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Lack of bioequivalence was found for generic and compounded itraconazole in comparison with the reference formulation in this study. The average AUC for the generic formulation was higher, the half-life similar, and CMAX only slightly lower than for the reference standard. Although the generic formulation did not meet the statistical criteria to claim bioequivalence to the brand name product, the absolute ratio of generic formulation to brand name formulation was higher for AUC with a value of 104.2%. In contrast, the compounded formulation of itraconazole had very low absorption and bioavailability.
The most likely reason for the lack of statistical bioequivalence between the generic and brand name products is low statistical power. Posthoc calculations revealed the power of the test was only 0.25 and 0.26 for AUC and CMAX, respectively (Table 4). The 2 most common reasons for underpowered tests are high interindividual variability and low numbers of subjects in a study. High interindividual variability in this study, as evidenced by the high coefficients of variation for measured parameters, is the likely cause of poor power. It is likely that bioequivalence could have been demonstrated for the generic product if a larger number of subjects had been used.
High interindividual variability, because of drug insolubility and variable metabolism among dogs, is an inherent problem with itraconazole administration. Itraconazole is a highly lipophilic but poorly soluble (Biopharmaceutics Classification System Class II) drug. It must dissolve in the gastrointestinal tract to be absorbed, which is difficult to accomplish. Once dissolved, however, it is highly permeable and will easily diffuse across the intestinal epithelium. The original innovator, itraconazole is formulated with specially designed sugar spheres coated with the drug in the capsule to increase surface area and solubility of the drug. The absorption of this formulation of itraconazole is also improved with a low gastric pH and the presence of food, though feeding induces high variability in gastric emptying time in dogs. For these reasons, the absorption of itraconazole capsules in dogs is variable, as was observed in this study.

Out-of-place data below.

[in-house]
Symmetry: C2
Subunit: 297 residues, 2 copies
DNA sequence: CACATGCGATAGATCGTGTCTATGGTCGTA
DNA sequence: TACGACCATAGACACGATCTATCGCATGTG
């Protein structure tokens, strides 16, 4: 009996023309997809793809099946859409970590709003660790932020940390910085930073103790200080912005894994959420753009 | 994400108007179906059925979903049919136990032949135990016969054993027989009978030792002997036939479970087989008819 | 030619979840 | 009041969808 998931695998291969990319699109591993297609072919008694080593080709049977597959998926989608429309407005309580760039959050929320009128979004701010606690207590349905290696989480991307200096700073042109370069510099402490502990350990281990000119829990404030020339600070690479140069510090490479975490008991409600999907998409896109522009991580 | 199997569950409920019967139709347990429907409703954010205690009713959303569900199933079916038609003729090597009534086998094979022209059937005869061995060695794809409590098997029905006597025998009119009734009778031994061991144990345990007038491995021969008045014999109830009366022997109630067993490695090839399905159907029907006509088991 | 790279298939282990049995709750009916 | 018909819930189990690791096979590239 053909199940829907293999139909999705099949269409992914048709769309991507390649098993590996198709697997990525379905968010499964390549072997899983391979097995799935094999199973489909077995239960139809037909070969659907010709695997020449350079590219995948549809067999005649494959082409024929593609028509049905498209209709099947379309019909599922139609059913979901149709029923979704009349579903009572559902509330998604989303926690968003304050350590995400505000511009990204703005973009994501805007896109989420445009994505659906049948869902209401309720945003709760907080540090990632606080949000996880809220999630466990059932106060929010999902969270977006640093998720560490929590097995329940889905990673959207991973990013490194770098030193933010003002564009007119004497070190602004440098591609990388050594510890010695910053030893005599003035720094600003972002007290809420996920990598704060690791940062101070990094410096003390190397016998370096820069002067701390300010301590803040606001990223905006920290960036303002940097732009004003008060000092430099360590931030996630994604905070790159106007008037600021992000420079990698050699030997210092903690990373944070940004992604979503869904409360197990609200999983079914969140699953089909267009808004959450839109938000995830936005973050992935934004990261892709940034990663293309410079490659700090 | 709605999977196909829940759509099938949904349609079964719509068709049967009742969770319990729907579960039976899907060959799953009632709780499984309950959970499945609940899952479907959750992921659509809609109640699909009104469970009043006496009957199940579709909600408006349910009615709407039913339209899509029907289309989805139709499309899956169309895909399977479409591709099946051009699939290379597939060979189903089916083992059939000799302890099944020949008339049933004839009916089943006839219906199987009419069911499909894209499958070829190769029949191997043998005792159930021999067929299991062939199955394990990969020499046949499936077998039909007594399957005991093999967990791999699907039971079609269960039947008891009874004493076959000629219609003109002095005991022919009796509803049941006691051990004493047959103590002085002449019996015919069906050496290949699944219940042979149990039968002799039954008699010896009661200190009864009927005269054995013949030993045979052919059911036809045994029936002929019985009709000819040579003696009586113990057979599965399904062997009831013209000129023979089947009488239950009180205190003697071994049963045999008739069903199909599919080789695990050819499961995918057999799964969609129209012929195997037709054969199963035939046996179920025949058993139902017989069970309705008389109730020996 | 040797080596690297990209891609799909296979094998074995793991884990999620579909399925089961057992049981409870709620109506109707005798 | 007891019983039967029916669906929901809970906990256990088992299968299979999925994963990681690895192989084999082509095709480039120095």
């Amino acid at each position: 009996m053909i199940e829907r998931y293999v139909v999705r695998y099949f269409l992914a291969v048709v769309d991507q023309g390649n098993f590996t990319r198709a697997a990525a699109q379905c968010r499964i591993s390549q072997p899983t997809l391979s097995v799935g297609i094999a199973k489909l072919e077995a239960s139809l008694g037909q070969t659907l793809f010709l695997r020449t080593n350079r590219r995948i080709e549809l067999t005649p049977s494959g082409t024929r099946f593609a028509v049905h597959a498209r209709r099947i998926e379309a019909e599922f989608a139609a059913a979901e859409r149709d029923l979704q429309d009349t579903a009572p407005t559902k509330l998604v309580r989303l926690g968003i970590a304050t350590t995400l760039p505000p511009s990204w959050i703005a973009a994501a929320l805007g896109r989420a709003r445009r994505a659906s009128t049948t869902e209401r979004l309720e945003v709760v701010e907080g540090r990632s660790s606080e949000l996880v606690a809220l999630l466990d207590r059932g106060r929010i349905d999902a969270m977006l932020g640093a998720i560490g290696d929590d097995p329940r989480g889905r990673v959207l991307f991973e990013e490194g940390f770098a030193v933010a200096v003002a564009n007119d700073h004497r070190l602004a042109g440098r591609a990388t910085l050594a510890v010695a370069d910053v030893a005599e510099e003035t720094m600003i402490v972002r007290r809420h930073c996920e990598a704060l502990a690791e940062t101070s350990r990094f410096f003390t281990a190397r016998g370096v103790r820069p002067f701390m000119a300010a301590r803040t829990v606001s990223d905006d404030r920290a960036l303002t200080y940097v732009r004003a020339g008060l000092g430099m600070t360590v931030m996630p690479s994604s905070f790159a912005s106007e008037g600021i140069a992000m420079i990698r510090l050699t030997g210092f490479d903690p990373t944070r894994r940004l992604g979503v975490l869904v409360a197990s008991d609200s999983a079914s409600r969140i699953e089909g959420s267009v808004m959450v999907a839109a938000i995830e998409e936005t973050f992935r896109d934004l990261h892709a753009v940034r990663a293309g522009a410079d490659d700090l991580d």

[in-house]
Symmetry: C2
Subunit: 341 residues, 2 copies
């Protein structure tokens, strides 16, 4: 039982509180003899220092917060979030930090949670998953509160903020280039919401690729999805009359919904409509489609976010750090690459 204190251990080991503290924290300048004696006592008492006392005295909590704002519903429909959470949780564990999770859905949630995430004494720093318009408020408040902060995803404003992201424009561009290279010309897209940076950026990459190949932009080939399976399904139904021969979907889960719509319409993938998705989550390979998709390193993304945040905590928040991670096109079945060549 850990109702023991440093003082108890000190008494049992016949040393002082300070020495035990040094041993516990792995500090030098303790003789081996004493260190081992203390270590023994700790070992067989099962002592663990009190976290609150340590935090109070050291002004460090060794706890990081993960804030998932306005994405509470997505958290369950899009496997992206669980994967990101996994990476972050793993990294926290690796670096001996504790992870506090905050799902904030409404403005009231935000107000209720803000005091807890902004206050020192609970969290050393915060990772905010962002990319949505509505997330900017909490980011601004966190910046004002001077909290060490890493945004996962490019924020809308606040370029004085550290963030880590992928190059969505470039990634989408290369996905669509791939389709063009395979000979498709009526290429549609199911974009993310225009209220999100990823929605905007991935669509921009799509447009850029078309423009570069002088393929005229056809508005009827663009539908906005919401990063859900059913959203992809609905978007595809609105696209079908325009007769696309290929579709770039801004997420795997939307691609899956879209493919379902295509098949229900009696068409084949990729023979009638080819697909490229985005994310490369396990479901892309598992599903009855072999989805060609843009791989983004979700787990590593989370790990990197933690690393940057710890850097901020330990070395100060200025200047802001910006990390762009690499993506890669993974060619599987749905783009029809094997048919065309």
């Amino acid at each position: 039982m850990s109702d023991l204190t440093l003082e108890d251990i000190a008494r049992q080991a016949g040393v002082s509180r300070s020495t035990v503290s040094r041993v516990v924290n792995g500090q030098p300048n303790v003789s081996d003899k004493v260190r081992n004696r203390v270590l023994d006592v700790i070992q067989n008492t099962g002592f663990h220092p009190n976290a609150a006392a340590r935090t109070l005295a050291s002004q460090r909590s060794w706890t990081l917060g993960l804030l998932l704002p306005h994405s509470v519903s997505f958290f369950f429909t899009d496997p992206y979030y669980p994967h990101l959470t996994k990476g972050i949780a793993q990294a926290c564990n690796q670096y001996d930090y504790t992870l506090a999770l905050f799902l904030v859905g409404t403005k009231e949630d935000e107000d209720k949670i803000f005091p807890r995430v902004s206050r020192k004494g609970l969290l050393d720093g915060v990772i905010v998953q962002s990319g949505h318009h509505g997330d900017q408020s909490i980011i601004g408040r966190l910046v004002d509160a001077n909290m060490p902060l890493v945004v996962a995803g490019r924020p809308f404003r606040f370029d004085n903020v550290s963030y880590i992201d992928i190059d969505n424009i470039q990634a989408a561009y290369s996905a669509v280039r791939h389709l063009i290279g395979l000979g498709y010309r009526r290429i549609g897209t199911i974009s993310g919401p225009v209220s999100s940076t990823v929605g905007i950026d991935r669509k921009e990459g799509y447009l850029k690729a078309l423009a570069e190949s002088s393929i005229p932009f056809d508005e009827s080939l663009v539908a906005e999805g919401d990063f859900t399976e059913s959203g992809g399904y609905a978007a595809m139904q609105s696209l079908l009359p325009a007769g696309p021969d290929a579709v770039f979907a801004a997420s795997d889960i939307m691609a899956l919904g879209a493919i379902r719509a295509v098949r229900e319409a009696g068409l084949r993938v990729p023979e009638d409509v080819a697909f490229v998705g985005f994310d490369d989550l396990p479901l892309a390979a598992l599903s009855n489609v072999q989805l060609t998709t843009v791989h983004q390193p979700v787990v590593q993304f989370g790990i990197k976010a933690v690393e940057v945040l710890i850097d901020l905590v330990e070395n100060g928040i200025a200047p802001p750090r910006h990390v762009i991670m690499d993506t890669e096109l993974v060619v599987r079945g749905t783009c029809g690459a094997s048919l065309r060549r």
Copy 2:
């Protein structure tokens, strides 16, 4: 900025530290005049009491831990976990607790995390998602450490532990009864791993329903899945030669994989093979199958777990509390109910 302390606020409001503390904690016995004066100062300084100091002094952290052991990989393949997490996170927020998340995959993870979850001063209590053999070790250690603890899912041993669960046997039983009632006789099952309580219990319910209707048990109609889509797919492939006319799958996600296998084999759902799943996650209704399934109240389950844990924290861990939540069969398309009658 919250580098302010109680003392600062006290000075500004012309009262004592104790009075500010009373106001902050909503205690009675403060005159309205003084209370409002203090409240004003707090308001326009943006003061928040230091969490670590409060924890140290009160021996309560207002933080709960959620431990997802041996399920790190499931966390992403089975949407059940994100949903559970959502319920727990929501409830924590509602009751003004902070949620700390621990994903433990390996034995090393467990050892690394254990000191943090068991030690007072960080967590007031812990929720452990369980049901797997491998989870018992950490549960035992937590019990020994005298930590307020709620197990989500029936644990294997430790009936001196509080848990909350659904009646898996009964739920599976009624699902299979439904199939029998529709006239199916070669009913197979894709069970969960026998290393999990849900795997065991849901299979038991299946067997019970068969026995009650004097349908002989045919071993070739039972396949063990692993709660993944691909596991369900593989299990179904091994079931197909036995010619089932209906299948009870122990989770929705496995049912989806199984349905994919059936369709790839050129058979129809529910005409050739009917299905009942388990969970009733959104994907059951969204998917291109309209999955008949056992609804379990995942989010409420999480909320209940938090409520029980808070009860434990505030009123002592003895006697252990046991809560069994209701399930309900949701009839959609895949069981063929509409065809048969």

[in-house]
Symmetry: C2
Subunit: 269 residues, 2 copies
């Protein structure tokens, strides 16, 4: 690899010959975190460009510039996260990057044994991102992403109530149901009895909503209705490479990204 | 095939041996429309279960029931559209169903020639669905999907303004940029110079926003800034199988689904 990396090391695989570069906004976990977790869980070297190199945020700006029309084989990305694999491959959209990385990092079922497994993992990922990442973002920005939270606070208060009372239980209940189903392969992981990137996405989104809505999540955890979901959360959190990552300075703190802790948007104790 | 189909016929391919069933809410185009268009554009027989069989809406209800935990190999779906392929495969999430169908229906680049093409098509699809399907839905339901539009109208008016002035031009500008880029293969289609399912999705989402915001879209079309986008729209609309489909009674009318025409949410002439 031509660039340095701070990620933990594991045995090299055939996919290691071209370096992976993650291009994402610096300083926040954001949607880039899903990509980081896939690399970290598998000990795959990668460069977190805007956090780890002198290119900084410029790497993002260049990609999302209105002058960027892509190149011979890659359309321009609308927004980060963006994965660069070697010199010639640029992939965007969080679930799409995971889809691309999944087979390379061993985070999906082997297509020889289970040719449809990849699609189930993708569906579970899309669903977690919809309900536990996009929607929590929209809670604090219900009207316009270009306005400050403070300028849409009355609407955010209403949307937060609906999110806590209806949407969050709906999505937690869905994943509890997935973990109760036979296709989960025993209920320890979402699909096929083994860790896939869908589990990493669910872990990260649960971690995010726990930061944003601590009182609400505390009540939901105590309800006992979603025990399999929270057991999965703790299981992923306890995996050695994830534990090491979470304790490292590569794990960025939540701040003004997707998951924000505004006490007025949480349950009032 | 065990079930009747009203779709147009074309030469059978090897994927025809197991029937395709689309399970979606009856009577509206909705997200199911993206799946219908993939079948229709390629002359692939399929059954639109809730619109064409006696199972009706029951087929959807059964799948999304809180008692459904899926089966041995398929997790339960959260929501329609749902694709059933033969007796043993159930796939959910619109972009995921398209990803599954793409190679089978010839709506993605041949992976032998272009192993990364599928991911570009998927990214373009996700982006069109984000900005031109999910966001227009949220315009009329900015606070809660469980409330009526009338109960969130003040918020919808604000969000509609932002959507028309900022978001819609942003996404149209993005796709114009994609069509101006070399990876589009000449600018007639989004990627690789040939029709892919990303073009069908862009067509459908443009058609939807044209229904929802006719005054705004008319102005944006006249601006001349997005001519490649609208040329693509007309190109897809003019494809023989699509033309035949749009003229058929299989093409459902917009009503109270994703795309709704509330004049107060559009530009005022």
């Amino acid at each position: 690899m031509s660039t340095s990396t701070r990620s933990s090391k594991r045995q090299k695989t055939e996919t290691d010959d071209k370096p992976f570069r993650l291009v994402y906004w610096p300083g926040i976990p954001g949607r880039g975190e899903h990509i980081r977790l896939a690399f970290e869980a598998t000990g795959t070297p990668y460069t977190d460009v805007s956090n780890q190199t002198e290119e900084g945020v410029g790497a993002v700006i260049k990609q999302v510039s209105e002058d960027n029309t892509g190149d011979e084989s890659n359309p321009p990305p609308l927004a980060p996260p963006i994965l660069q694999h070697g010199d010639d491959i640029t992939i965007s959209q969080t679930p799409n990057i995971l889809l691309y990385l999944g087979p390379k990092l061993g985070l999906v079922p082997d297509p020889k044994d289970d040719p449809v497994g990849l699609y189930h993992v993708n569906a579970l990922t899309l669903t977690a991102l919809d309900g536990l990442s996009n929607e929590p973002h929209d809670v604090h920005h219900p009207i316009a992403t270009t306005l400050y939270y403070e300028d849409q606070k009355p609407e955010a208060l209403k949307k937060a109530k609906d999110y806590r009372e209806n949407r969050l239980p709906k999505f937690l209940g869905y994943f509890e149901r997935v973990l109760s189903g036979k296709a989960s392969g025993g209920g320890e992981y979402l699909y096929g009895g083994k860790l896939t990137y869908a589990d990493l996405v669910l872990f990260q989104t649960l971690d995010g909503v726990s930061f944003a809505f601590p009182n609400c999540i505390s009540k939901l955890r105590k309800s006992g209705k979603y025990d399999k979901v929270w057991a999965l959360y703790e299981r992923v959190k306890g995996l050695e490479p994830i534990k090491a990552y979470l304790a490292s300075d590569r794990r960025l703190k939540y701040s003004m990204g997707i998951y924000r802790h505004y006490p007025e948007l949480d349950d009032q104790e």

Generic itraconazole, available as capsules, has been approved for use in people and has been commercially available since 2004. There are 3 companies that supply generic capsules. The product we selected for this study was manufactured by the parent company of the original innovator formulation of itraconazole. It is not known whether results of this study would be applicable to the other 2 formulations of generic itraconazole. Based on the results of this study, use of this generic form of itraconazole in dogs with systemic fungal infections could produce equivalent therapeutic results while substantially decreasing treatment costs. Clinicians should be wary that the generic and innovator itraconazole are not interchangeable, and treatment failure remains possible. Clinicians can have blood samples tested to ensure that adequate plasma concentrations are attained, but therapeutic plasma itraconazole concentrations have not been established for dogs. In people, trough serum itraconazole concentrations of at least 0.5–1.0 μg/mL, measured by HPLC, have been associated with therapeutic success. If a bioassay method is used to measure itraconazole concentrations, the values in people are 3.3 times higher than those obtained by HPLC because of presence of the bioactive metabolite hydroxyitraconazole.